Shortly after he had retired from the U.S. Supreme Court, Justice Harry Blackmun and his wife, Dorothy, joined another couple, my wife and me for a quiet dinner. He was reflective that evening, especially about his love of baseball. We three men at the table shared many baseball stories that evening, clearly boring the women. But Blackmun also reflected on the death penalty and Roe v. Wade.
He said that he had approached writing the opinion in Roe as he did with other opinions. He put aside his personal views and concentrated on the law. He believed that the law should progress one step at a time to avoid a leap too far. Such a leap could create years of tension and divisive confrontation as opponents sought to reverse the decision and proponents tried to shore it up. The shoring up might be with cases that affirmed the original decision and the abrupt shift in the direction of the law. Even better, he believed, would be several decisions that "filled in" the gap between the law before the divisive case and the situation after "the leap."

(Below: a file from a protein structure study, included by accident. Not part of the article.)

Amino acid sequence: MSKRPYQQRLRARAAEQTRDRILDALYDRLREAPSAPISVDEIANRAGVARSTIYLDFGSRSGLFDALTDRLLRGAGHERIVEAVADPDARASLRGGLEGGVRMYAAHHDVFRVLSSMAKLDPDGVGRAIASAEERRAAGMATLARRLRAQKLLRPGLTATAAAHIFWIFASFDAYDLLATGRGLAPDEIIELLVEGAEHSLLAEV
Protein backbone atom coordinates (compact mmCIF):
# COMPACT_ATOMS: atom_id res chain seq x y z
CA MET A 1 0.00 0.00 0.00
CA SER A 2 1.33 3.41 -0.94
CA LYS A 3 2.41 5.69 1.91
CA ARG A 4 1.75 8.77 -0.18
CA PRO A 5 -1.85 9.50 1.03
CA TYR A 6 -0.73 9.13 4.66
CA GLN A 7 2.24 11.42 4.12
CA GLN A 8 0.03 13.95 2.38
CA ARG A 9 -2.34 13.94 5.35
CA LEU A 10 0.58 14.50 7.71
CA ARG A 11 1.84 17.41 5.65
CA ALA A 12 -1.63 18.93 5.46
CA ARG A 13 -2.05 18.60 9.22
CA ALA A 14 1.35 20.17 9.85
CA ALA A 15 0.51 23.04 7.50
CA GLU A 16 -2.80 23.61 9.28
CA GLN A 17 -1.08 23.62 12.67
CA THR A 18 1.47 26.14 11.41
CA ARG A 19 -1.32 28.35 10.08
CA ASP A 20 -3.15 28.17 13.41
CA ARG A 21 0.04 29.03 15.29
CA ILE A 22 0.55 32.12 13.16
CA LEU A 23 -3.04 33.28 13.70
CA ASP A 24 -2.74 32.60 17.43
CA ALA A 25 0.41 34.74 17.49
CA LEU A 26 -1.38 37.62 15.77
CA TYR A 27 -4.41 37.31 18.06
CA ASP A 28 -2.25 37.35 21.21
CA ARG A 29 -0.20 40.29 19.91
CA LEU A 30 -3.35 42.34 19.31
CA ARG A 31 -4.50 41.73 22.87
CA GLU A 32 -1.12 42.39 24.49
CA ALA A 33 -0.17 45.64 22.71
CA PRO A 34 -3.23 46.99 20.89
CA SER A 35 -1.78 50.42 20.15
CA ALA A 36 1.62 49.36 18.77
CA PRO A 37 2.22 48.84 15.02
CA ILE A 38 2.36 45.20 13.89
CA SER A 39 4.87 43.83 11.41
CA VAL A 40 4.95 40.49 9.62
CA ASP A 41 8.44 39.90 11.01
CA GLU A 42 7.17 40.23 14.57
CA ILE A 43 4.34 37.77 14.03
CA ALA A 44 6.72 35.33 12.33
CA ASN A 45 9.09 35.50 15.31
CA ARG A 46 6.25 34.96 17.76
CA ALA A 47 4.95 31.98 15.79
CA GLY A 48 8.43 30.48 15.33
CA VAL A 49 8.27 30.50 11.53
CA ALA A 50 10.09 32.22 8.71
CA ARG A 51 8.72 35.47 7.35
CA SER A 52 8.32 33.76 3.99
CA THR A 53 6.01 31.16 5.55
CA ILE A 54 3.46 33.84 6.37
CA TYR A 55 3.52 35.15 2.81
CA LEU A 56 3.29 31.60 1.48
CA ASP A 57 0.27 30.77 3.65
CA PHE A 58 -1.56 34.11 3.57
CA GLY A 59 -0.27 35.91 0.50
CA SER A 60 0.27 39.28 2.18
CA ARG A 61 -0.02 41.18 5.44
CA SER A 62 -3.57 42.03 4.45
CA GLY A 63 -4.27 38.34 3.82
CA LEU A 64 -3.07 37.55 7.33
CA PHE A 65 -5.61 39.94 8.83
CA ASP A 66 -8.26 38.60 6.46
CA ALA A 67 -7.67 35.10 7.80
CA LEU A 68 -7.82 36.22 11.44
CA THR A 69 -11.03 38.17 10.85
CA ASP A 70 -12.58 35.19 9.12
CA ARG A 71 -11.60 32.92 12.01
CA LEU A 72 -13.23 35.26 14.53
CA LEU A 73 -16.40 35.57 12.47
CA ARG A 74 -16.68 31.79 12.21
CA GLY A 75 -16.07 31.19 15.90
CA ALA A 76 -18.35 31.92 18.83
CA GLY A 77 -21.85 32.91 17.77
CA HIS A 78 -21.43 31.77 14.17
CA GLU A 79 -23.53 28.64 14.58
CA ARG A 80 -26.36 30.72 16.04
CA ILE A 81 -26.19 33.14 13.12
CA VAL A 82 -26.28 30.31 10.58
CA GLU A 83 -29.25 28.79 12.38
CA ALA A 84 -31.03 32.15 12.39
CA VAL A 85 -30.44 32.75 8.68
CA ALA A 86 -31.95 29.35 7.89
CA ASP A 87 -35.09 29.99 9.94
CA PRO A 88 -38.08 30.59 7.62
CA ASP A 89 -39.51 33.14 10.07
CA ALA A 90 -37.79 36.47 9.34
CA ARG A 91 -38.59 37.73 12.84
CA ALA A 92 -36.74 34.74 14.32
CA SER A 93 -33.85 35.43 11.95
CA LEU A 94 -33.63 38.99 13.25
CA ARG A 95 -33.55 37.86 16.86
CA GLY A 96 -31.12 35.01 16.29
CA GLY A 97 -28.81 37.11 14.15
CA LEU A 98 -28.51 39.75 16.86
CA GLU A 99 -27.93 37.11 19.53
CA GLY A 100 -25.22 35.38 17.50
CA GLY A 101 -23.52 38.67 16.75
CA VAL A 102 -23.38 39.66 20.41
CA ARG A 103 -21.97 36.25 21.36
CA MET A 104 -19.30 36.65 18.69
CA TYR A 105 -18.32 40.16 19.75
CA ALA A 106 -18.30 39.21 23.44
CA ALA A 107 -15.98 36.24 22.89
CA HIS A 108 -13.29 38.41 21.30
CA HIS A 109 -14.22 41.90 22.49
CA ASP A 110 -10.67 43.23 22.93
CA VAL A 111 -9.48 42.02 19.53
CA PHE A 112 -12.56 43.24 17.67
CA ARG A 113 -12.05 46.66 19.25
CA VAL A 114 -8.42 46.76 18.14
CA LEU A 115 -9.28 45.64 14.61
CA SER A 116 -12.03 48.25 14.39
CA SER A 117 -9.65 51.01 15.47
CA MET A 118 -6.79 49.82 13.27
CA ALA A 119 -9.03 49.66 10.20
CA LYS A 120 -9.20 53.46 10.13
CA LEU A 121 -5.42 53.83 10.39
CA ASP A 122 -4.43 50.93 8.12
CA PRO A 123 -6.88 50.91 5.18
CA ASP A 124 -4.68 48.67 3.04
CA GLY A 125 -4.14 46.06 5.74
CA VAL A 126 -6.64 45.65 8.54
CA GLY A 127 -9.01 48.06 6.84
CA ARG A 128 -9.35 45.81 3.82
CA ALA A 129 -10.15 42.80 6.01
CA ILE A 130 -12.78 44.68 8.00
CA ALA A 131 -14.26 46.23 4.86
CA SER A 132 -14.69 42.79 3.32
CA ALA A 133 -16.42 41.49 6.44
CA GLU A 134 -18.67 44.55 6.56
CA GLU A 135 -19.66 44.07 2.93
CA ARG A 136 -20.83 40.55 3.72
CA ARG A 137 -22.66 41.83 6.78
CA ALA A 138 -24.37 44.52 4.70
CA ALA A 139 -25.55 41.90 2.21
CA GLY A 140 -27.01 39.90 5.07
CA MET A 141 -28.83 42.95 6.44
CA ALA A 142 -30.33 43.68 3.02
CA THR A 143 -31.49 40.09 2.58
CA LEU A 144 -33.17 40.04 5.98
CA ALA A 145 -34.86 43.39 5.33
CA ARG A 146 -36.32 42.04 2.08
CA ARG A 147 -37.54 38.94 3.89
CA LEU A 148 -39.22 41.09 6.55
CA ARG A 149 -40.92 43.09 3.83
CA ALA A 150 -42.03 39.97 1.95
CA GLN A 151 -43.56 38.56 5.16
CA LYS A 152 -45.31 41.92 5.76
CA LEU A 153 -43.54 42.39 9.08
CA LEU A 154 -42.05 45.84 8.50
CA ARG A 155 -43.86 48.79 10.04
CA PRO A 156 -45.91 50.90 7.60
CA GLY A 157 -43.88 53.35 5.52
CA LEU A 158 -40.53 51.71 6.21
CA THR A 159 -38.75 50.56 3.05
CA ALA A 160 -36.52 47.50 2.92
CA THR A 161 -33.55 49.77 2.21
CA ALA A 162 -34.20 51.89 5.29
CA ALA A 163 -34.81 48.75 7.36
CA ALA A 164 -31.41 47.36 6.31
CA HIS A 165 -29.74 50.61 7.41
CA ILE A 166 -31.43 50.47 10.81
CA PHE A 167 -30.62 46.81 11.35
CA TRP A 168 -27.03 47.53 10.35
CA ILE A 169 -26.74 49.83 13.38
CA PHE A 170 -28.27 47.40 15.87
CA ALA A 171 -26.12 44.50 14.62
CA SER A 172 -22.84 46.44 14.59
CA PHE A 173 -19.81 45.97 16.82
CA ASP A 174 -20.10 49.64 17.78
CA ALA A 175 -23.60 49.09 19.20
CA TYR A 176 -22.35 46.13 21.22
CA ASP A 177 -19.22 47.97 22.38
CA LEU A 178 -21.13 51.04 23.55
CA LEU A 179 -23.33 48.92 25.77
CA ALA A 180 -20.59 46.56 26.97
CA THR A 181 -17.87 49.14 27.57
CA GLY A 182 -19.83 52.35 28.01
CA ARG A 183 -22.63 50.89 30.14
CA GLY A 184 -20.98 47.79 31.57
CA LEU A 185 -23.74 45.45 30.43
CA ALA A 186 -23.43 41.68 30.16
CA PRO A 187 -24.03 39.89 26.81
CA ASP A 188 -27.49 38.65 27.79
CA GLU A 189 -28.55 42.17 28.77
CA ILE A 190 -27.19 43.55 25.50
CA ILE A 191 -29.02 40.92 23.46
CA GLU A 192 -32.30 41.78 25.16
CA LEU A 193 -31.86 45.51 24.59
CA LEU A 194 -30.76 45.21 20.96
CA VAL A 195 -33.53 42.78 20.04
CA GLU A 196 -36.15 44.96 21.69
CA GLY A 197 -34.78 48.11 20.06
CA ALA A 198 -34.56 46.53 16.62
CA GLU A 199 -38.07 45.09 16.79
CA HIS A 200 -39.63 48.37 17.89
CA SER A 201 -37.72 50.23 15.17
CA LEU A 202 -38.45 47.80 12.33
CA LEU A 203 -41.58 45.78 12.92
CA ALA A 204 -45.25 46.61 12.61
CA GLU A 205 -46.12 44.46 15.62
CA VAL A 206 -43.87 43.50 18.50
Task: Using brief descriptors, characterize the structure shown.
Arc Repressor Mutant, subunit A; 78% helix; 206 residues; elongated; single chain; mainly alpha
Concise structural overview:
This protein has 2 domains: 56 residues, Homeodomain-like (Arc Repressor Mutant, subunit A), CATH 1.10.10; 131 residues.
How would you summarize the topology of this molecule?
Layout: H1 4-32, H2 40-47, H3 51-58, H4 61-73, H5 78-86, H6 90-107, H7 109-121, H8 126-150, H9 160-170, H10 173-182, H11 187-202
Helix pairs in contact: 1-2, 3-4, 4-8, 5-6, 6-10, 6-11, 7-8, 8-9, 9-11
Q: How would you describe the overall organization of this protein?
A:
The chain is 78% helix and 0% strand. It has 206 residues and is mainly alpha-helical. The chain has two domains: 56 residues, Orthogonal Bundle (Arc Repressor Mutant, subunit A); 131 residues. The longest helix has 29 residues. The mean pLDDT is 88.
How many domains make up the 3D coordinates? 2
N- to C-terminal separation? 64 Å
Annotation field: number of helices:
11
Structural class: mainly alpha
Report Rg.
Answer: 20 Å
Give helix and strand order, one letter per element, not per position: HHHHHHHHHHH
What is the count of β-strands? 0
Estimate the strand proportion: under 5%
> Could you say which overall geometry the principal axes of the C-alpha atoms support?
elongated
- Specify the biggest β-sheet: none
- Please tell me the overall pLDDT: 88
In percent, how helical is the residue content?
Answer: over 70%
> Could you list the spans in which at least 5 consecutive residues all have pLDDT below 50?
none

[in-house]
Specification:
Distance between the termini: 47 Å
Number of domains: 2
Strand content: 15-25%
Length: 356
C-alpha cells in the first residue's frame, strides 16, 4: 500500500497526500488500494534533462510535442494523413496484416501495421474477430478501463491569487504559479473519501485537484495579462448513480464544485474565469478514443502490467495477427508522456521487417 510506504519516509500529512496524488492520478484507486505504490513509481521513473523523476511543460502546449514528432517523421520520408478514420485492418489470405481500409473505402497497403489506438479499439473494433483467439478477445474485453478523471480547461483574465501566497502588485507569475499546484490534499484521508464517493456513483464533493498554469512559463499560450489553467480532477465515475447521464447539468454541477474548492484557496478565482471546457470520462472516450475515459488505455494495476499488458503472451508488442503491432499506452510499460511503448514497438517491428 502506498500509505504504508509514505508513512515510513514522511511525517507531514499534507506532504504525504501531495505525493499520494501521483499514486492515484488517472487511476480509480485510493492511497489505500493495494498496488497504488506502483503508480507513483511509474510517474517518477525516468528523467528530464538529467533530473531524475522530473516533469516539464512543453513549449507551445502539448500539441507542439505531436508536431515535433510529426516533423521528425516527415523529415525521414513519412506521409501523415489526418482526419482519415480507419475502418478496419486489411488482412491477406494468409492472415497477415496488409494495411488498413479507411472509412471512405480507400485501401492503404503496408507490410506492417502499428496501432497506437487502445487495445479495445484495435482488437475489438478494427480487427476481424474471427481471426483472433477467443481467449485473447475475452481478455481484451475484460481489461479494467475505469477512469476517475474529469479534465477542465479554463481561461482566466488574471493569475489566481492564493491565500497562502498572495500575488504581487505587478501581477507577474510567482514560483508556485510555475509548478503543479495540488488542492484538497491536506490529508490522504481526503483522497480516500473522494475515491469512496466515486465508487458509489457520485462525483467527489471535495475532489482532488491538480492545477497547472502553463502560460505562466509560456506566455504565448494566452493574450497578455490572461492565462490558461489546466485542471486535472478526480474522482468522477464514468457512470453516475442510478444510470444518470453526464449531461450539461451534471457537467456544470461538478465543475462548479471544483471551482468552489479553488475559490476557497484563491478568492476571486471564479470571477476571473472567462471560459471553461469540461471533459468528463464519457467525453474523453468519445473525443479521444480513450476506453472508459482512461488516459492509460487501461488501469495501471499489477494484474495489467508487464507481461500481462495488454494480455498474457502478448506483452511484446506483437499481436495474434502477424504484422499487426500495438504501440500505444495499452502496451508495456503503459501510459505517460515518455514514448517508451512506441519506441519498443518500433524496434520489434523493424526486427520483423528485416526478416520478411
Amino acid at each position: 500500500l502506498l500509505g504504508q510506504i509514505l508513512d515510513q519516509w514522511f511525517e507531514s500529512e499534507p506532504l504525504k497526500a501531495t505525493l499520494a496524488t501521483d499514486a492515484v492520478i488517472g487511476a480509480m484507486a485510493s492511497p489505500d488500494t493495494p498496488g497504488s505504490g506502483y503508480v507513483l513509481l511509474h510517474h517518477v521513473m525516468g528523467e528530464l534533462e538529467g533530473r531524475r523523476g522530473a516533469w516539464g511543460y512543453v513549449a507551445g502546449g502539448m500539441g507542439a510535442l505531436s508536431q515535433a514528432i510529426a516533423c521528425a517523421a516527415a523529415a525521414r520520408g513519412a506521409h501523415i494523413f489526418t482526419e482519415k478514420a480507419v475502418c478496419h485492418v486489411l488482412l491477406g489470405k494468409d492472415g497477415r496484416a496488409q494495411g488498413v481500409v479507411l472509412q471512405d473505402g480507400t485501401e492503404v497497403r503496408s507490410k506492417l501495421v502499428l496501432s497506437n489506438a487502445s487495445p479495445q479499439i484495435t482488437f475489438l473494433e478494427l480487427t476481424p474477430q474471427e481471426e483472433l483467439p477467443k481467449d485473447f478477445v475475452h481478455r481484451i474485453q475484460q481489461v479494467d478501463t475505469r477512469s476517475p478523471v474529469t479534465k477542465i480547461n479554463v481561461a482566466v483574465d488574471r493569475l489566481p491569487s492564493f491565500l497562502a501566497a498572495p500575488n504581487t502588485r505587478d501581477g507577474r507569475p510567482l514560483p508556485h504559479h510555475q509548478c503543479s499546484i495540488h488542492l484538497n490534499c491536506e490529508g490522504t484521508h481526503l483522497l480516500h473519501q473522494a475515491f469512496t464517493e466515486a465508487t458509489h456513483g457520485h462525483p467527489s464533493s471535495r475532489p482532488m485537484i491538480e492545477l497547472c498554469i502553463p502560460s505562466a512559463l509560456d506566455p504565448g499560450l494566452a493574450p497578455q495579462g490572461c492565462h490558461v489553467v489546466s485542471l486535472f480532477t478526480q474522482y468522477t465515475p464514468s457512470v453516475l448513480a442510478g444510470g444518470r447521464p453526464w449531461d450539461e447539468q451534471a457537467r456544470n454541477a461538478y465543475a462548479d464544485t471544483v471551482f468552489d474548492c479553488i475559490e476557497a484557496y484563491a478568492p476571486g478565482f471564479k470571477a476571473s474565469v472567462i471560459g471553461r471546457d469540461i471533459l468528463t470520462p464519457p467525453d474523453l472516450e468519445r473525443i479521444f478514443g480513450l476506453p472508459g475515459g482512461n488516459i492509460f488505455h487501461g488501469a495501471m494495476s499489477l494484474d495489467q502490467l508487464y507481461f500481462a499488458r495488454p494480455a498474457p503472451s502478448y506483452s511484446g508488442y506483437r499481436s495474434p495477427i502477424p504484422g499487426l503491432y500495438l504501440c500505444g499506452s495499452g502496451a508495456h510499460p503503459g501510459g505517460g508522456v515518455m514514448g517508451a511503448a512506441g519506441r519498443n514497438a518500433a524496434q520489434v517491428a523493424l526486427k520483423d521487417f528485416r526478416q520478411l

Blackmun recognized that the extension of the right of privacy would be analyzed and interpreted in many ways, some intended, some not. But he asked us to consider a time when a fearful government, possibly driven to intrusive and even paranoid behavior, might want to violate even the sanctity of the Catholic confessional and the attorney-client privilege.
Often, I have been haunted by that conversation as I wonder whether and how much Watergate influenced Roe v. Wade.